Part of the Great General series, this biography of George Armstrong Custer (1839–1876) provides about as much information as the average reader needs to know about the flamboyant general.
For centuries before tanks drove horses from the battlefield, cavalry leaders were often viewed as brave but stupid, and histories have long portrayed Custer, who led his 220-man troupe to annihilation at Little Big Horn, as a prime example. Military historian Schulz (Crossing the Rapido: A Tragedy of World War II, 2010, etc.) disagrees modestly in this slim volume, which summarizes Custer’s short, eventful life as well as the controversy that followed his death. He graduated from West Point in 1861 last in his class, first in demerits and probably the leader in charm because he quickly inveigled a cavalry command and impressed superiors during the rout after Bull Run. Charismatic, extremely aggressive in battle but also popular with reporters who followed the Army, he ended the war as the Union’s youngest general. Glory was in short supply after the war when Custer participated in several brutal Indian campaigns, but he remained a popular media icon. Consequently, news of Little Big Horn in 1876 produced a national horror similar to that after 9/11. During the inevitable postmortem analysis, survivors worked hard to avoid blame, so Custer, unable to defend himself, became the scapegoat. Modern scholars such as James Donovan and Nathaniel Philbrick suggest that he’s had a bad rap, and Schultz delivers a sympathetic account of the debate.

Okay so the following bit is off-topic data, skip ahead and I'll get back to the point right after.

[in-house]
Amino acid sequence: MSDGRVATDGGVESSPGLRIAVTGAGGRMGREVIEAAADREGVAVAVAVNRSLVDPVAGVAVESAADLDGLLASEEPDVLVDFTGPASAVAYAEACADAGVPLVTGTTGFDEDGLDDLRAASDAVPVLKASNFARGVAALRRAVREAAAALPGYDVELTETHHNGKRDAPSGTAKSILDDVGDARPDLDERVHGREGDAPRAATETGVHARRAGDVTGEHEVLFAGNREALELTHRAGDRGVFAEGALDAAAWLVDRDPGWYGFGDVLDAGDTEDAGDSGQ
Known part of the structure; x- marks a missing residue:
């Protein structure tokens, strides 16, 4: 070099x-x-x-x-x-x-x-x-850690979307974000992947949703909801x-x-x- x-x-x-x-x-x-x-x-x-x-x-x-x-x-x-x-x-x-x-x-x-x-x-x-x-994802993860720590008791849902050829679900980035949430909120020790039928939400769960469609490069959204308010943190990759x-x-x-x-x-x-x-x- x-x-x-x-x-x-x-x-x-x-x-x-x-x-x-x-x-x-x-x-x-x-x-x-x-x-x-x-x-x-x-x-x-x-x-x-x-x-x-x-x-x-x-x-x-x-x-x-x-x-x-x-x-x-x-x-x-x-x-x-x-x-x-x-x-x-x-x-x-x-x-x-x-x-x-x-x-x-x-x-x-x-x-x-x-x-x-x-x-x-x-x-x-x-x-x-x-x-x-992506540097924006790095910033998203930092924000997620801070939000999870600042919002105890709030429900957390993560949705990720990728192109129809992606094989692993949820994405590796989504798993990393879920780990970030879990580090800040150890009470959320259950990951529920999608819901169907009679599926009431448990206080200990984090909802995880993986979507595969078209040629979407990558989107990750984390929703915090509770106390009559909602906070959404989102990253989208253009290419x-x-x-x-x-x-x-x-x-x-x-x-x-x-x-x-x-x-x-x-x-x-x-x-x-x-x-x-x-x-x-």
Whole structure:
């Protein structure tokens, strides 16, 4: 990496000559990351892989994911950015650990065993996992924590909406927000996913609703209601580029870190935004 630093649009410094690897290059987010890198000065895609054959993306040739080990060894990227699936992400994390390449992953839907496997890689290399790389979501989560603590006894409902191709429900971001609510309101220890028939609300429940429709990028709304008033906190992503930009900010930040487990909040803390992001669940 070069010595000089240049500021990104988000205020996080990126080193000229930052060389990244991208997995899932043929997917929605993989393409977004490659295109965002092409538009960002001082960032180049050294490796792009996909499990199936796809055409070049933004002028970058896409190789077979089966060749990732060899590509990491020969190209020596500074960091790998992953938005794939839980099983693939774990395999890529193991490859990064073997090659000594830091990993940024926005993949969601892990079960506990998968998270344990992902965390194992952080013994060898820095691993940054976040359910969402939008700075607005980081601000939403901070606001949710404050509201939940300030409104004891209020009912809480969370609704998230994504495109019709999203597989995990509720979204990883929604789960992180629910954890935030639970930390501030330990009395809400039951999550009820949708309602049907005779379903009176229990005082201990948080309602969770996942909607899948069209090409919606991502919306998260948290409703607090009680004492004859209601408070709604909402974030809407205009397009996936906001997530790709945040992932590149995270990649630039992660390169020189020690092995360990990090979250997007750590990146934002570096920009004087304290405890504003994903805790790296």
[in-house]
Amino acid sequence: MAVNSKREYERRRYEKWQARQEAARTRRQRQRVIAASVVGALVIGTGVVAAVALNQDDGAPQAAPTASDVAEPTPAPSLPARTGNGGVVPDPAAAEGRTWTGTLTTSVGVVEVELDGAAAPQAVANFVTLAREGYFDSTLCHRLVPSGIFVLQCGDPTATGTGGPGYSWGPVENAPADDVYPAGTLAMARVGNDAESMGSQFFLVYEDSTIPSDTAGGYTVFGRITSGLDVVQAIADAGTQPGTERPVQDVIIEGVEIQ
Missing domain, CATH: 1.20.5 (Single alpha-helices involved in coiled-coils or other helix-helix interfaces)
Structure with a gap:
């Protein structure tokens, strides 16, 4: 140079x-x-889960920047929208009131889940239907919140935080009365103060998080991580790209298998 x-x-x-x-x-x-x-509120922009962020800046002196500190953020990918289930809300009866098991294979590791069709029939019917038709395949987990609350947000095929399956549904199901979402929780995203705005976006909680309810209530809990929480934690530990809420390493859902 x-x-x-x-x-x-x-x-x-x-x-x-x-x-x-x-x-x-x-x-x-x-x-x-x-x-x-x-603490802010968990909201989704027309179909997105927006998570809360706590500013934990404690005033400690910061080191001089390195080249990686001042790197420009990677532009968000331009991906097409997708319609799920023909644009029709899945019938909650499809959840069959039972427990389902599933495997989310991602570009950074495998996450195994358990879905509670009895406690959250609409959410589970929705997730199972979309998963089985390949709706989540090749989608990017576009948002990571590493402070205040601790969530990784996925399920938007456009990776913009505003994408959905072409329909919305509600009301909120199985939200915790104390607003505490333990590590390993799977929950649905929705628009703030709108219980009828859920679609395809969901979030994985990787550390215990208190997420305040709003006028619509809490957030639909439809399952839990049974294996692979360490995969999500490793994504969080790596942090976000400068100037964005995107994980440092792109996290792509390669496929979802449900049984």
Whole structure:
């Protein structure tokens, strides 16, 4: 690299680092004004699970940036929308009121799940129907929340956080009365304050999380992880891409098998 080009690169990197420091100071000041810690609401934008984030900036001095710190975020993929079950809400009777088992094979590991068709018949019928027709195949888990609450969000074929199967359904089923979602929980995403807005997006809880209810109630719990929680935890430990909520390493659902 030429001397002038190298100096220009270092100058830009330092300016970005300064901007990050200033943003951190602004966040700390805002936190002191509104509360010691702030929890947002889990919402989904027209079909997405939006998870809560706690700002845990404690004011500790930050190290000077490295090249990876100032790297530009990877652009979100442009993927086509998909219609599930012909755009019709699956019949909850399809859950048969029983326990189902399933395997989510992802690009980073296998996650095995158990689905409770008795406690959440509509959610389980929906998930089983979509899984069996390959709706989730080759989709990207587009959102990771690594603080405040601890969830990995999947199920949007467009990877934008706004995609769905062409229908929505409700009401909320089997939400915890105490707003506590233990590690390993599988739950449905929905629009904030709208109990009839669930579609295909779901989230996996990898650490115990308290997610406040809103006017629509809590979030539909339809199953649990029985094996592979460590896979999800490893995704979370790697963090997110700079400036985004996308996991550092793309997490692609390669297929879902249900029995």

A competent overview, but readers in search of a rich character study or thoughtful analysis of military leadership should look elsewhere.